A foreign country

During the launch of her poetry collection at the Labour Club, Kate Adams read the title poem, The Cheering Rain.

Before she did she introduced the poem, saying that she was waiting for a publisher to confirm if it had been accepted for an upcoming anthology. She said that the publisher had asked her which country it was set in.

Birmingham,” came the reply, to a ripple of laughter.

It’s easy to see why the publisher was confused. The writer does indeed make Birmingham seem like a foreign country. There is an intensity about the poem, with its flashes of colour, with its sounds and its characters, with its running boys and its stall holders, which gives it the feel of a North African souk, rather than an ordinary street in the heart of industrial Britain.

Many of the poems have that feel. It’s like you are looking at Britain with new eyes, in exactly the way you would look if it was your first time seeing the country, as a visitor might see it: as an exotic land, as a place of mystery and wonder, confusing and obscure at times, frightening, but still vivid in its presence, with the presumption stripped away, so that all you are left with is the urgency of your immediate sense impressions.

This is the genius of these poems (if that’s not too big a word) that they offer us a new perspective, a new way of looking at things. All of a sudden we are seeing the world through the eyes of the migrant, through the eyes of the asylum seeker; we are hearing the thoughts of people for whom English is unfamiliar, people struggling to put into words their sense of dislocation, their sense of loss.

This is not surprising as the poems come directly out of Kate’s work as a volunteer with Kent Refugee Help. In this capacity she has worked with asylum seekers, both those held in Immigration Detention, awaiting deportation, and those who have been returned to the community under strict bail conditions, unable to work or to claim benefit, which is itself a form of detention, a way of separating the asylum seeker from the rest of the community.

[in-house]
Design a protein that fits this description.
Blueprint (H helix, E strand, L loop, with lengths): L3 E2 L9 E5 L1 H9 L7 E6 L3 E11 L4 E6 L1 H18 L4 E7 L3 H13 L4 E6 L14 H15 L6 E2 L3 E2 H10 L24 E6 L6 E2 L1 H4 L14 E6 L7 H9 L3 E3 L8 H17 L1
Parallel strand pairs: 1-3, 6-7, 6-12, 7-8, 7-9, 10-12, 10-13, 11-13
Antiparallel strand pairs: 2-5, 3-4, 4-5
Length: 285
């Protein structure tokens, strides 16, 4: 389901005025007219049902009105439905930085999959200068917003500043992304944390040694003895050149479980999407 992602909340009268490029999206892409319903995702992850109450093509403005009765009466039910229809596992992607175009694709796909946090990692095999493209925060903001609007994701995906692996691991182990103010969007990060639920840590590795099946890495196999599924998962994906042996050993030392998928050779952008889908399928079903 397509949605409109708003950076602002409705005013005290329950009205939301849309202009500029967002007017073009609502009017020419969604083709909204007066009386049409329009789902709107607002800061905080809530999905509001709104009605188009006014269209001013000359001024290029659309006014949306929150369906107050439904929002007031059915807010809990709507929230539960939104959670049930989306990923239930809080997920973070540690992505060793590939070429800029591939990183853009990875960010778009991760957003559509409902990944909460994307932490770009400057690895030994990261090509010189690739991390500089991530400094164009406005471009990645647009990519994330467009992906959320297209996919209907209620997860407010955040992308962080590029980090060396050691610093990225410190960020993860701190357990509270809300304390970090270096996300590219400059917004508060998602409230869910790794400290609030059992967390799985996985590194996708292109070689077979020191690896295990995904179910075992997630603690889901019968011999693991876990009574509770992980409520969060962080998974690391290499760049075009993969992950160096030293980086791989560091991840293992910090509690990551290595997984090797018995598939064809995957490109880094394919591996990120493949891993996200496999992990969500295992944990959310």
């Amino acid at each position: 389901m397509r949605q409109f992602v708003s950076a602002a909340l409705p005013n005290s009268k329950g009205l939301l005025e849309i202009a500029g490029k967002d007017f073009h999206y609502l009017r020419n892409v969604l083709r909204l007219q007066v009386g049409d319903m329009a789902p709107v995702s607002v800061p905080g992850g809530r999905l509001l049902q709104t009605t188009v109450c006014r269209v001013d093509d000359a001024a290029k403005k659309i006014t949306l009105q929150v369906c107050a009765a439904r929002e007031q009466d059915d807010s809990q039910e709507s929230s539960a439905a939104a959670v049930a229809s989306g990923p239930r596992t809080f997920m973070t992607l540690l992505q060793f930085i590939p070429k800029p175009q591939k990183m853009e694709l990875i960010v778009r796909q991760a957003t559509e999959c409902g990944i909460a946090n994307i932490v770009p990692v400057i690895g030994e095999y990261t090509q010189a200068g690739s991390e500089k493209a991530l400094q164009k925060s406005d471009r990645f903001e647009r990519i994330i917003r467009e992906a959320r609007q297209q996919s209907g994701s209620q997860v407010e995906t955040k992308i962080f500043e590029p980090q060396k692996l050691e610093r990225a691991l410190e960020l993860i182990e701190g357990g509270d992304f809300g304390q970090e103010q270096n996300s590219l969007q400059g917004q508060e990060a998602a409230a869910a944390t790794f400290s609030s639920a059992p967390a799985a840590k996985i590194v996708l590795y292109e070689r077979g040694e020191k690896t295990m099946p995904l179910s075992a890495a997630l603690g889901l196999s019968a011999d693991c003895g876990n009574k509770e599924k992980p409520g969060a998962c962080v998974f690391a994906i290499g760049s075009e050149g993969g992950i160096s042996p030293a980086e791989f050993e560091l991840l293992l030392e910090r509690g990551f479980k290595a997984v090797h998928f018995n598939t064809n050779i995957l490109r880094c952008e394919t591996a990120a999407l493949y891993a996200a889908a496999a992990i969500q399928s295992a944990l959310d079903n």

A prison

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Dover Immigration Removal Centre

Kent Refugee Help is a small charity supporting detainees in Dover Immigration Removal Centre. At the start of the evening Kate showed a film commissioned by the charity, made by two students, Levi Roberts and Jess Dadds. The film simply shows the road up to the Removal Centre. It was made by strapping a camera to the roof of a car and then driving up the road. So we see the tree-lined road as it ascends the hill, until it gets to the Removal Centre. But there is a finality to this destination, as you see the huge wooden doors, the walls, the ditch, the bridge, the razor wire, the surveillance cameras. It is a forbidding place. The centre was built during the Napoleonic Wars to house French prisoners. Later it was a Borstal. Now it is a place to house failed asylum seekers before they are shipped abroad to whatever fate might await them; if not to torture and death, then certainly to the fear of those things.

So this is a prison from which some people will never return. It is a measure of our age that such places exist. And it is a measure of our failing humanity that we don’t even know they exist.

But for all the politics in these poems, they are not polemical. We are not being told what to think. Rather they represent lives as they are lived under these particular circumstances; a portrait rather than a manifesto.